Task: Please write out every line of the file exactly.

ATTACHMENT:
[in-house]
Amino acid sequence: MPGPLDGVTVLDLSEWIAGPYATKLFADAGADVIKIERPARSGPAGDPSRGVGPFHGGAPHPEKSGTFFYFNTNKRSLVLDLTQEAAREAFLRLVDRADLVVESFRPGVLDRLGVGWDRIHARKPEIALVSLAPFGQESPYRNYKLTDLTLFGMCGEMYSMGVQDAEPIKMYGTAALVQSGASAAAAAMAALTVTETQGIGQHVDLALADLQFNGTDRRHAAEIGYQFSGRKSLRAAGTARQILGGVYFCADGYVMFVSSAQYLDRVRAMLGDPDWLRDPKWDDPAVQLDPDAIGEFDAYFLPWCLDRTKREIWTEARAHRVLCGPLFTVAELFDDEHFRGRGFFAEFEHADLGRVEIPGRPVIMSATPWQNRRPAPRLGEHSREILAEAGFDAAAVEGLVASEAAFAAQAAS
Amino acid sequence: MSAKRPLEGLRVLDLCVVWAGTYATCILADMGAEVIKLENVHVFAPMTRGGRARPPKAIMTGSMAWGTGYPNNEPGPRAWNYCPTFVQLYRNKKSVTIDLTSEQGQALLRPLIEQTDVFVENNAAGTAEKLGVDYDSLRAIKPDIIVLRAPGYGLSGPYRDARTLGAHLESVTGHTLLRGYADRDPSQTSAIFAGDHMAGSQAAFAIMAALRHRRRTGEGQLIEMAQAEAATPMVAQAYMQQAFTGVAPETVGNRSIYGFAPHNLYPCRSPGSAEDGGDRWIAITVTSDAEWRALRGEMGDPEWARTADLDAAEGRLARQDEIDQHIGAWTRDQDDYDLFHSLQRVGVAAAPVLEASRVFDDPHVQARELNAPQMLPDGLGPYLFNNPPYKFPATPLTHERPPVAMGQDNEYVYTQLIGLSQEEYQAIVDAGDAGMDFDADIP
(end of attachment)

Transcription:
[in-house]
Amino acid sequence: MPGPLDGVTVLDLSEWIAGPYATKLFADAGADVIKIERPARSGPAGDPSRGVGPFHGGAPHPEKSGTFFYFNTNKRSLVLDLTQEAAREAFLRLVDRADLVVESFRPGVLDRLGVGWDRIHARKPEIALVSLAPFGQESPYRNYKLTDLTLFGMCGEMYSMGVQDAEPIKMYGTAALVQSGASAAAAAMAALTVTETQGIGQHVDLALADLQFNGTDRRHAAEIGYQFSGRKSLRAAGTARQILGGVYFCADGYVMFVSSAQYLDRVRAMLGDPDWLRDPKWDDPAVQLDPDAIGEFDAYFLPWCLDRTKREIWTEARAHRVLCGPLFTVAELFDDEHFRGRGFFAEFEHADLGRVEIPGRPVIMSATPWQNRRPAPRLGEHSREILAEAGFDAAAVEGLVASEAAFAAQAAS
Amino acid sequence: MSAKRPLEGLRVLDLCVVWAGTYATCILADMGAEVIKLENVHVFAPMTRGGRARPPKAIMTGSMAWGTGYPNNEPGPRAWNYCPTFVQLYRNKKSVTIDLTSEQGQALLRPLIEQTDVFVENNAAGTAEKLGVDYDSLRAIKPDIIVLRAPGYGLSGPYRDARTLGAHLESVTGHTLLRGYADRDPSQTSAIFAGDHMAGSQAAFAIMAALRHRRRTGEGQLIEMAQAEAATPMVAQAYMQQAFTGVAPETVGNRSIYGFAPHNLYPCRSPGSAEDGGDRWIAITVTSDAEWRALRGEMGDPEWARTADLDAAEGRLARQDEIDQHIGAWTRDQDDYDLFHSLQRVGVAAAPVLEASRVFDDPHVQARELNAPQMLPDGLGPYLFNNPPYKFPATPLTHERPPVAMGQDNEYVYTQLIGLSQEEYQAIVDAGDAGMDFDADIP